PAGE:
Farmer Focus: How we prepare sow paddocks for summer heat

The second-busiest time of year on the farm, second only to the herd moving fields, is the period when we switch from winter to summer mode.

Over the years this seasonal transition has definitely become shorter. One week we are working in winter mud, and then in the blink of an eye we’re kicking up dust and making wallows to protect the sows from the heat.

Meteorological records show a sudden early spring temperature rise has become increasingly common, and rainfall can be almost non-existent in April and May – especially here in the eastern counties.

See also: Expert tips on reducing heat stress in pigs

This makes a timely and thorough summer action plan more important than ever.

Firstly, we excavate wallows in all of our group paddocks. Our sows drink from clean water tanks, so a separate wallowing area is essential.

Ideally, it’s in a position where it might catch rainwater should the heavens open, but also separate from the drinking tank so the two don’t become merged over time.

It’s also important for us to make individual wallows in each of our farrowing paddocks.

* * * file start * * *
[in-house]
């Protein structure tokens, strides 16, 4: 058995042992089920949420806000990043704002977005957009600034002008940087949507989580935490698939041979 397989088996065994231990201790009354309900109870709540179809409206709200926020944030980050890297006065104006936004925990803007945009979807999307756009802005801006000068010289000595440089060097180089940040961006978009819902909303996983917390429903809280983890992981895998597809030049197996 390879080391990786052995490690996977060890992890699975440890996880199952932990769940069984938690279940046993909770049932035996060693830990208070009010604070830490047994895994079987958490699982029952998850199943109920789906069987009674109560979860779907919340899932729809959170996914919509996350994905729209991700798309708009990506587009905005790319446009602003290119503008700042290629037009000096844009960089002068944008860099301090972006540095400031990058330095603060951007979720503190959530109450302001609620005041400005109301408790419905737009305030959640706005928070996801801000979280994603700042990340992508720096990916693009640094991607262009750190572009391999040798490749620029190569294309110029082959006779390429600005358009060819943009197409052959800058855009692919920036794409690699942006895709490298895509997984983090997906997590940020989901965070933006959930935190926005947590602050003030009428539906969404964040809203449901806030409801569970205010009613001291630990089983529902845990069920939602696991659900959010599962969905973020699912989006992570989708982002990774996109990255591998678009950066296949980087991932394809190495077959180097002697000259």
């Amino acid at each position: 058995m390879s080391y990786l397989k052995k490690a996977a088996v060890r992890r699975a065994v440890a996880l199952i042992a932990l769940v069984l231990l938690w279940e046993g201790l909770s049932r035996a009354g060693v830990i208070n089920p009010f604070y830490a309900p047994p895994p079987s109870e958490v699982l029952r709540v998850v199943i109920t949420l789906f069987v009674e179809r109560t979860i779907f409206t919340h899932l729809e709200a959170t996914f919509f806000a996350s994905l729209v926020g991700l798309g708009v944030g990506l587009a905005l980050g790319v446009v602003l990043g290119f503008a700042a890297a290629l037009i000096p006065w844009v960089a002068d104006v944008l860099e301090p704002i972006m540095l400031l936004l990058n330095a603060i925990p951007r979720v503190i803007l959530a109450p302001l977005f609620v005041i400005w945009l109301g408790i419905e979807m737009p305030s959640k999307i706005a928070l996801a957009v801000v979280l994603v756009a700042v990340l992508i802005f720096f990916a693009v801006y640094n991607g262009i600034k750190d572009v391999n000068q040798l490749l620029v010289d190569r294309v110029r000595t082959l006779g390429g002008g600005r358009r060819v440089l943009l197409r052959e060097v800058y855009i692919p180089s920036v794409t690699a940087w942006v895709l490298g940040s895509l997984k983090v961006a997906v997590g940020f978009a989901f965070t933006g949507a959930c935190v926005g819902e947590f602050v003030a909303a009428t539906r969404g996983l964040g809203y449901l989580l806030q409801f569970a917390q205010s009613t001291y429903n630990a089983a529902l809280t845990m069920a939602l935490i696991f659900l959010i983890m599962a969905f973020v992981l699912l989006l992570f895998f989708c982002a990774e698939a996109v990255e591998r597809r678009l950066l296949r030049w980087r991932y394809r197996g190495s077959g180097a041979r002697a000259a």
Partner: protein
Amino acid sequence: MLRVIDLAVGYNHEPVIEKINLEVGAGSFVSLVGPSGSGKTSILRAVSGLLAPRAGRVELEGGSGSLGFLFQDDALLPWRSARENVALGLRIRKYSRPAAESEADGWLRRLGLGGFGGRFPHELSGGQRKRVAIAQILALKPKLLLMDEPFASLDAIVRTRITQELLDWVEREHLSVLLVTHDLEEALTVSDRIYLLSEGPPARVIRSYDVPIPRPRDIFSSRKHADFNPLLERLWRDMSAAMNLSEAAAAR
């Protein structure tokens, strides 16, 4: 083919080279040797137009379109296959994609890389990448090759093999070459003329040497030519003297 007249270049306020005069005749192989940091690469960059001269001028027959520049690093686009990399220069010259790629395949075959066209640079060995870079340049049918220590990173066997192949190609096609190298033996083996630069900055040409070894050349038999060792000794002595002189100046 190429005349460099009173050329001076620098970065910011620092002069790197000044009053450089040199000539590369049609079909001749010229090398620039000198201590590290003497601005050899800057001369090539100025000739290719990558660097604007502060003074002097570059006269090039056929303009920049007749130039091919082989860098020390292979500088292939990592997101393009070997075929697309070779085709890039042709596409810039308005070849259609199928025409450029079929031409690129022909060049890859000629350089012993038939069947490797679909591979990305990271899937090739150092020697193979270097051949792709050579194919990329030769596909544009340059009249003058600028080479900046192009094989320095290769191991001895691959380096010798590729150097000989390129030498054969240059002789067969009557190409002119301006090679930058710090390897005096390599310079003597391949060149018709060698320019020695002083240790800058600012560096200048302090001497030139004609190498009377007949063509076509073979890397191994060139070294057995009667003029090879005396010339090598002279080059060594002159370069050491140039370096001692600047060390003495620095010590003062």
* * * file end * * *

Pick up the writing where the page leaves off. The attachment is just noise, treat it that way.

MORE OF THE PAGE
Even though we have a large number of modern, insulated plastic huts that are cooler than the steel and plywood they replaced, temperatures can still reach 30C inside.

Therefore, our pregnant and lactating sows need access to muddy water that they can wallow in to cool down.

Farrowing huts get turned 180 degrees to face north-west, which makes the most of any breeze. Some of our huts have automatic vents, which open and shut using expanding wax rams, like those used in greenhouses.

Whatever vent system in fitted, it must be well maintained and ready to open as needed.

Dry sow accommodation has the back doors removed for a through breeze, and the smaller huts are painted white to reflect the sun.

Off the field, our attention is turned to water bowser maintenance, and making sure temperature-critical vaccine and semen storage is being controlled well.

Use of “min-max” thermometers in cabinets and transport boxes is a basic but very effective method of management.

All this takes a month to do. You can then guarantee a month of February-like weather again. Oh the joys of outdoor farming.

Rob McGregor manages an outdoor pig operation in north Norfolk. See his biography.